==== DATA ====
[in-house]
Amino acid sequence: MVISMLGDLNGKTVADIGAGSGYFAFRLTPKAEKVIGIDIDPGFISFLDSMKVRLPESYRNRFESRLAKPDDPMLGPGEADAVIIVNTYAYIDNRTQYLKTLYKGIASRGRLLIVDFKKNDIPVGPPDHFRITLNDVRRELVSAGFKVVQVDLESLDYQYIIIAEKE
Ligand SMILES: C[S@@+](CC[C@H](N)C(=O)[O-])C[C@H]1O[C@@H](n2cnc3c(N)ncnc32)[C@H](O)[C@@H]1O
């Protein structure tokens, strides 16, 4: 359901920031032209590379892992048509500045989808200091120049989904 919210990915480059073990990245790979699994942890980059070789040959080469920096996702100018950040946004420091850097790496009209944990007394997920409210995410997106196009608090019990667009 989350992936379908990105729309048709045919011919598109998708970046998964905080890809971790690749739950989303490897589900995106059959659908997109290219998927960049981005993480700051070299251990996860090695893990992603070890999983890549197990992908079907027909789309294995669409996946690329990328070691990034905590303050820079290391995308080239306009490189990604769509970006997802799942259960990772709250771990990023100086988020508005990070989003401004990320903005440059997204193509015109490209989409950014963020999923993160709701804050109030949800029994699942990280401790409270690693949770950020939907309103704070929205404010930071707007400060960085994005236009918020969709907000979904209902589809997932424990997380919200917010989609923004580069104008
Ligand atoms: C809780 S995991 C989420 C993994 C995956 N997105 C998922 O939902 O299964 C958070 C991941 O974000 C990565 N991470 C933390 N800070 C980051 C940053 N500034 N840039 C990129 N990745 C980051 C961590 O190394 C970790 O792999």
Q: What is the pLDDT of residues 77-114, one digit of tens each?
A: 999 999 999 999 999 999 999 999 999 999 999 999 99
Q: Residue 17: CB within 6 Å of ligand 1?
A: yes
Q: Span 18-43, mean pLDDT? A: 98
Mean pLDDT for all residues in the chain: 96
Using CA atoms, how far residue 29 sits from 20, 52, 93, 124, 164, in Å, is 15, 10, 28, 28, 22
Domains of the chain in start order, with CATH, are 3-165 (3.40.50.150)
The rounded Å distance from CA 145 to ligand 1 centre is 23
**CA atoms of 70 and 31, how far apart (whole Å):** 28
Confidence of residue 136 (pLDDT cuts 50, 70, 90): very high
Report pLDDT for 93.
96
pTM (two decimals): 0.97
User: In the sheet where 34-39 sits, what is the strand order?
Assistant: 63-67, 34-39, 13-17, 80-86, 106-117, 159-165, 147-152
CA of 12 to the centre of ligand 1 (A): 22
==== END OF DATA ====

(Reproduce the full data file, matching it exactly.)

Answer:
[in-house]
Amino acid sequence: MVISMLGDLNGKTVADIGAGSGYFAFRLTPKAEKVIGIDIDPGFISFLDSMKVRLPESYRNRFESRLAKPDDPMLGPGEADAVIIVNTYAYIDNRTQYLKTLYKGIASRGRLLIVDFKKNDIPVGPPDHFRITLNDVRRELVSAGFKVVQVDLESLDYQYIIIAEKE
Ligand SMILES: C[S@@+](CC[C@H](N)C(=O)[O-])C[C@H]1O[C@@H](n2cnc3c(N)ncnc32)[C@H](O)[C@@H]1O
């Protein structure tokens, strides 16, 4: 359901920031032209590379892992048509500045989808200091120049989904 919210990915480059073990990245790979699994942890980059070789040959080469920096996702100018950040946004420091850097790496009209944990007394997920409210995410997106196009608090019990667009 989350992936379908990105729309048709045919011919598109998708970046998964905080890809971790690749739950989303490897589900995106059959659908997109290219998927960049981005993480700051070299251990996860090695893990992603070890999983890549197990992908079907027909789309294995669409996946690329990328070691990034905590303050820079290391995308080239306009490189990604769509970006997802799942259960990772709250771990990023100086988020508005990070989003401004990320903005440059997204193509015109490209989409950014963020999923993160709701804050109030949800029994699942990280401790409270690693949770950020939907309103704070929205404010930071707007400060960085994005236009918020969709907000979904209902589809997932424990997380919200917010989609923004580069104008
Ligand atoms: C809780 S995991 C989420 C993994 C995956 N997105 C998922 O939902 O299964 C958070 C991941 O974000 C990565 N991470 C933390 N800070 C980051 C940053 N500034 N840039 C990129 N990745 C980051 C961590 O190394 C970790 O792999």
Q: What is the pLDDT of residues 77-114, one digit of tens each?
A: 999 999 999 999 999 999 999 999 999 999 999 999 99
Q: Residue 17: CB within 6 Å of ligand 1?
A: yes
Q: Span 18-43, mean pLDDT? A: 98
Mean pLDDT for all residues in the chain: 96
Using CA atoms, how far residue 29 sits from 20, 52, 93, 124, 164, in Å, is 15, 10, 28, 28, 22
Domains of the chain in start order, with CATH, are 3-165 (3.40.50.150)
The rounded Å distance from CA 145 to ligand 1 centre is 23
**CA atoms of 70 and 31, how far apart (whole Å):** 28
Confidence of residue 136 (pLDDT cuts 50, 70, 90): very high
Report pLDDT for 93.
96
pTM (two decimals): 0.97
User: In the sheet where 34-39 sits, what is the strand order?
Assistant: 63-67, 34-39, 13-17, 80-86, 106-117, 159-165, 147-152
CA of 12 to the centre of ligand 1 (A): 22